Johannesburg - Irish publishing group Independent News & Media (INM) has agreed to sell its South African business, the country’s largest English-language newspaper group, for R2 billion to a consortium led by Iqbal Survé.
In a statement issued last night, the board of INM confirmed it had agreed detailed heads of terms with Sekunjalo Independent Media Consortium for the sale of Independent News & Media South Africa (INM SA).
Survé, who is leading the consortium, said in confirming the deal: “I am delighted that I have the opportunity to bring these newspapers, this national asset, back to South Africa. I am bringing Independent back home.”
He said that the buyers were committed to investing in the business and believed that the ailing print media could be transformed into a growth industry with particular opportunities in vernacular newspapers and digital convergence. “We need to invest in our company and in journalists.”
Sekunjalo is the major shareholder in the consortium along with trade unions and community groupings. Survé would not give a detailed breakdown of the consortium.
Survé added that Sekunjalo Holdings had invested significantly in the purchase but he would not give details of the funding arrangements, except to say that there were South African and foreign funders.
Survé is the chairman of the Sekunjalo Group, which through its JSE-listed Sekunjalo Investments, has interests in health, technology, marine and telecoms businesses.
The consortium began its due diligence on INM SA in October last year and completed it in December.
INM SA publishes Business Report and more than 15 other titles including The Mercury, The Star, Cape Times and Isolezwe. The group was previously owned by Anglo American and was sold in the mid 1990s to INM.
Plans by INM to sell its South African business were first confirmed in July last year when it was announced Investec and Hawpoint had been appointed to advise on the sale. This was after controlling shareholder Denis O’Brien indicated he wanted to sell the South African operations.
The sale was driven by the group’s high debt that prompted it in recent years to restructure including selling its flagship UK title The Independent.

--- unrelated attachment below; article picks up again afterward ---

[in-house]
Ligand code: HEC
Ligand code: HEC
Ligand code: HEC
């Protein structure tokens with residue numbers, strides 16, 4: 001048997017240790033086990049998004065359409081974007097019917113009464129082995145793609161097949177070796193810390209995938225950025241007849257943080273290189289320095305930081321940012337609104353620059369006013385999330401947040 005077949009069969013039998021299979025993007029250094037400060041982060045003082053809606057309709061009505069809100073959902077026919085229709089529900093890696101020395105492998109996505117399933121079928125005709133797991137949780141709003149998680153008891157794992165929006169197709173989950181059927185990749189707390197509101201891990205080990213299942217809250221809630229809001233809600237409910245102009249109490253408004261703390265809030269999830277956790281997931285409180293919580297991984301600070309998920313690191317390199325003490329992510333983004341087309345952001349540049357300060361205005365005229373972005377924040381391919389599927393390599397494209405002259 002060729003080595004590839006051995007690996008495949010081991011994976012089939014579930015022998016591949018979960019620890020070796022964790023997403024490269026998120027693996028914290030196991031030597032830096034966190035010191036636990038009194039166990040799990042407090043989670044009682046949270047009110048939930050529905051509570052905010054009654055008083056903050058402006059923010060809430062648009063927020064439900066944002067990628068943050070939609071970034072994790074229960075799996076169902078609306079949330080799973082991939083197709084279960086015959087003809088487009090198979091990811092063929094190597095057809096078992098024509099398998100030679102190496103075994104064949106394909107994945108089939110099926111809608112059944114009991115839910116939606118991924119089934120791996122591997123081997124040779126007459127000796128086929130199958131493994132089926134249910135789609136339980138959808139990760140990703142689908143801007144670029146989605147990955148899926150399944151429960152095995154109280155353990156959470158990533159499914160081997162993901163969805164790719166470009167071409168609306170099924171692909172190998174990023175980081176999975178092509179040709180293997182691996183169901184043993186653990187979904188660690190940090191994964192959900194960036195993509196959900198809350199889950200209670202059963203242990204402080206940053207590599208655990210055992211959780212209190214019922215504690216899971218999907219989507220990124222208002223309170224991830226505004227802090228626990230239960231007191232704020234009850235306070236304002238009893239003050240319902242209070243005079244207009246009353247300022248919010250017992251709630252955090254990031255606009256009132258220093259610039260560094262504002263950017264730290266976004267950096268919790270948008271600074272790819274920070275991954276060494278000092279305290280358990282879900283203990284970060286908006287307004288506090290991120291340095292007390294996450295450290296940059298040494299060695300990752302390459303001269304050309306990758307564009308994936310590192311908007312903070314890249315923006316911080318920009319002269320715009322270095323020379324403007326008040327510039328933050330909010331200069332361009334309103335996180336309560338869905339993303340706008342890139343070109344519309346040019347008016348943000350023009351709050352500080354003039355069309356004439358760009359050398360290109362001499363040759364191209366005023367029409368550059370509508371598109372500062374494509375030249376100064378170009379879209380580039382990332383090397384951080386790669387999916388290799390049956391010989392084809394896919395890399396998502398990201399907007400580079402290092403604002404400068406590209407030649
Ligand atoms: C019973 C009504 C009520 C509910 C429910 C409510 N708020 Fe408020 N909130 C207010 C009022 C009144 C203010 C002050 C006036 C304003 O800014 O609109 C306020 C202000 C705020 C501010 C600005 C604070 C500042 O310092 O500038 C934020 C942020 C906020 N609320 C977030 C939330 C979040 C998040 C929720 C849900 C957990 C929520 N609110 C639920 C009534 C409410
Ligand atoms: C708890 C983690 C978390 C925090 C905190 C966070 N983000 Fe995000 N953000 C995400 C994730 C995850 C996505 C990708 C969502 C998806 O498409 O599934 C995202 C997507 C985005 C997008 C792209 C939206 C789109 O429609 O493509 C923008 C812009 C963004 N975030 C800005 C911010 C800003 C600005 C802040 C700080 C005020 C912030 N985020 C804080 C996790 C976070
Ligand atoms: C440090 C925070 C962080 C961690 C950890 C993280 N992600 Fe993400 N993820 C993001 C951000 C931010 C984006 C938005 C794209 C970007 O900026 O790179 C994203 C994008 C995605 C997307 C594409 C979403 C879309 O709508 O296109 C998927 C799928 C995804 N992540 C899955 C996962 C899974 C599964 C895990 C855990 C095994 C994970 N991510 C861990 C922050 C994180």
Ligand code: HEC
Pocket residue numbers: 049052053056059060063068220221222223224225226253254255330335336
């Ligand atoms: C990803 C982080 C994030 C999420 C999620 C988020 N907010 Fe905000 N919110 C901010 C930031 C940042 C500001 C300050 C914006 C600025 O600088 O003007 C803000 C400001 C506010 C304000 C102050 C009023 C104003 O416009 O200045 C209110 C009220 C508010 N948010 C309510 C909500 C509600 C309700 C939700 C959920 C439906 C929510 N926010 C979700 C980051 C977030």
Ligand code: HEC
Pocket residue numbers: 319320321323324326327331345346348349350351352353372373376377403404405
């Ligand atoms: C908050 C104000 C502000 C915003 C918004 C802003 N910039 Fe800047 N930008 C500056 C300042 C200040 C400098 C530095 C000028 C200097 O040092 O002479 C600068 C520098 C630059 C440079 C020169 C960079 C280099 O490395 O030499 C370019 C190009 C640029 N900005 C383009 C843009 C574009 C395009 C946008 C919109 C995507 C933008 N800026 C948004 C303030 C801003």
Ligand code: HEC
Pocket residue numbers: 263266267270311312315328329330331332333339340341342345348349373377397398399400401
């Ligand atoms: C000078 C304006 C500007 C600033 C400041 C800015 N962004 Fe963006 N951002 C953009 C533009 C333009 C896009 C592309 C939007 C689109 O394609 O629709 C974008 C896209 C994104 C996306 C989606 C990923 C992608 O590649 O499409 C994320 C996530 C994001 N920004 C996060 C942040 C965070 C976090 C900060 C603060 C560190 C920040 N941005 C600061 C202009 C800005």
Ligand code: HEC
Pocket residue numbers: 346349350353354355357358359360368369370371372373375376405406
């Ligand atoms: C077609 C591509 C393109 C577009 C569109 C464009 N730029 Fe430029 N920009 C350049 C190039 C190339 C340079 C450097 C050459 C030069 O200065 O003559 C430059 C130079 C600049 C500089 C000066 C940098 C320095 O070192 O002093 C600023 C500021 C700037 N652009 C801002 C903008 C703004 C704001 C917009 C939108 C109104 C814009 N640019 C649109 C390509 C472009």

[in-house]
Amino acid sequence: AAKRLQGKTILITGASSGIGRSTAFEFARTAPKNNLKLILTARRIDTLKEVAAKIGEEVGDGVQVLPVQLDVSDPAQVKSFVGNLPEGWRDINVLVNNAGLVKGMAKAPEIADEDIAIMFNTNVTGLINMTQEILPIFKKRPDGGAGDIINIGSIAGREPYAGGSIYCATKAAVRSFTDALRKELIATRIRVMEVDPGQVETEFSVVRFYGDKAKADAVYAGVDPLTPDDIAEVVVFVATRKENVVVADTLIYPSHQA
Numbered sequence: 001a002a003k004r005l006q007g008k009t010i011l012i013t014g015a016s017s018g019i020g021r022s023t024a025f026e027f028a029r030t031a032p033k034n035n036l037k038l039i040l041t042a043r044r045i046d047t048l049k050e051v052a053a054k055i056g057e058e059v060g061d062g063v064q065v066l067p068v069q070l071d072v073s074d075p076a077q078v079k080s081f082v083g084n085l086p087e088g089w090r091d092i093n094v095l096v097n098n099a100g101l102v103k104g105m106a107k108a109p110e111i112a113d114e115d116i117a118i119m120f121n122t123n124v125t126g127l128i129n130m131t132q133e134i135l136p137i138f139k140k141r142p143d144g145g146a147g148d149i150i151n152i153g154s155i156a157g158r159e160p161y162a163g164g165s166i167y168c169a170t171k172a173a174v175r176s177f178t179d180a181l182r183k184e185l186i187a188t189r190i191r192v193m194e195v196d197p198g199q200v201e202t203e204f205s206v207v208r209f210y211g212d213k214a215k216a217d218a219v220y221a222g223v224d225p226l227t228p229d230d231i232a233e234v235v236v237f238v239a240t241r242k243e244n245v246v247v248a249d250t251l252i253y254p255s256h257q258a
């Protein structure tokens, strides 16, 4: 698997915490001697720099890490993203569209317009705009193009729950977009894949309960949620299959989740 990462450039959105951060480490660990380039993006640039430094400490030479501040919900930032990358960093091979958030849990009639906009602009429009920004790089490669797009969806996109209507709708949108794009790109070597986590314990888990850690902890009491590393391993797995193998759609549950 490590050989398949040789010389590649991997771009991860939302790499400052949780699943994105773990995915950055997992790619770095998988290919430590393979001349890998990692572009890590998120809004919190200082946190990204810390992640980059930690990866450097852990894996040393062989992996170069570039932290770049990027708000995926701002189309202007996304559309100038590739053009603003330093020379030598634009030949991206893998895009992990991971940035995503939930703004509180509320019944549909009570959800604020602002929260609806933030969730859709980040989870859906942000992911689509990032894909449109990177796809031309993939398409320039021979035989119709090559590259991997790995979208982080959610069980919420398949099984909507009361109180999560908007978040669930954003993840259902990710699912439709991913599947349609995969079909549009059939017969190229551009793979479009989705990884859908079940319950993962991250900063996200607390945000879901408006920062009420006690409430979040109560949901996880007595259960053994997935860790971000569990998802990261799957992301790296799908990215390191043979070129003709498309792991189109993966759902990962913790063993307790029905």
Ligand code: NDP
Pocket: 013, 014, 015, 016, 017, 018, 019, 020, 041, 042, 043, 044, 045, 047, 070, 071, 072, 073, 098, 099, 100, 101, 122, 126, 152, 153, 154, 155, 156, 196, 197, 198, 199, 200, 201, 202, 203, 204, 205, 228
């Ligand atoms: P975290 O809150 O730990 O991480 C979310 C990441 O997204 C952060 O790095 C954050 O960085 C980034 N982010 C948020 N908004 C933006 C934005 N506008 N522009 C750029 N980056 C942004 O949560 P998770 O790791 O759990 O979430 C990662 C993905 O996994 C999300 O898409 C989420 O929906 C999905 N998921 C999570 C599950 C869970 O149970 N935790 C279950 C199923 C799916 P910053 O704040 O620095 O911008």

There were apparently several consortiums interested in buying the South African operations, including consortiums led by Mathews Phosa and Robert Gumede. The Gupta family was at one stage also interested in buying the business.
The purchase price is lower than the R2.5bn first flagged for the sale. The Sunday Business Post says the deal will still leave INM with debts of E270 million (R3.2bn).
Survé said he had no intention to change the current management. Asked whether the business had been “harvested” by its Irish owners, he said: “Management has had to deal with particularly difficult circumstances.”
The sale is still subject to the finalisation of further approvals and a final agreement being signed by both parties, as well as being subject to INM shareholder approval and the green light by competition authorities in South Africa. The Competition Commission process is expected to take three months.
Speculation around the sale of INM SA previously raised concern that a local buyer could exert influence over the newspapers’ content.
INM SA does not have an editorial charter protecting editorial independence. Instead editorial independence is governed by the letters of appointment of the individual editors of group titles, which states they have full responsibility for the editorial and commercial content of the newspapers. Editors also sign an internal code of practice.
Asked about public interest concerns around his links to the ANC, Survé said this would not become an issue because he had a strong personal commitment to editorial independence.
“I am a businessman and I have run Sekunjalo with integrity,” Survé said, adding that no interest group should have prominence over any other. “We must reflect the views of everybody and newspapers must support democracy and the growth of the economy. You must have many divergent views in a newspaper.”
He intended to deal with questions of editorial independence by setting up an independent advisory board which would consult with management, editors, staff and outside the business to define editorial charters.
He said he was open to approaches from the group’s staff, which had already extensively discussed establishing a staff trust which could take a share of the company to incentivise employees and involve them in decisions around developing the company.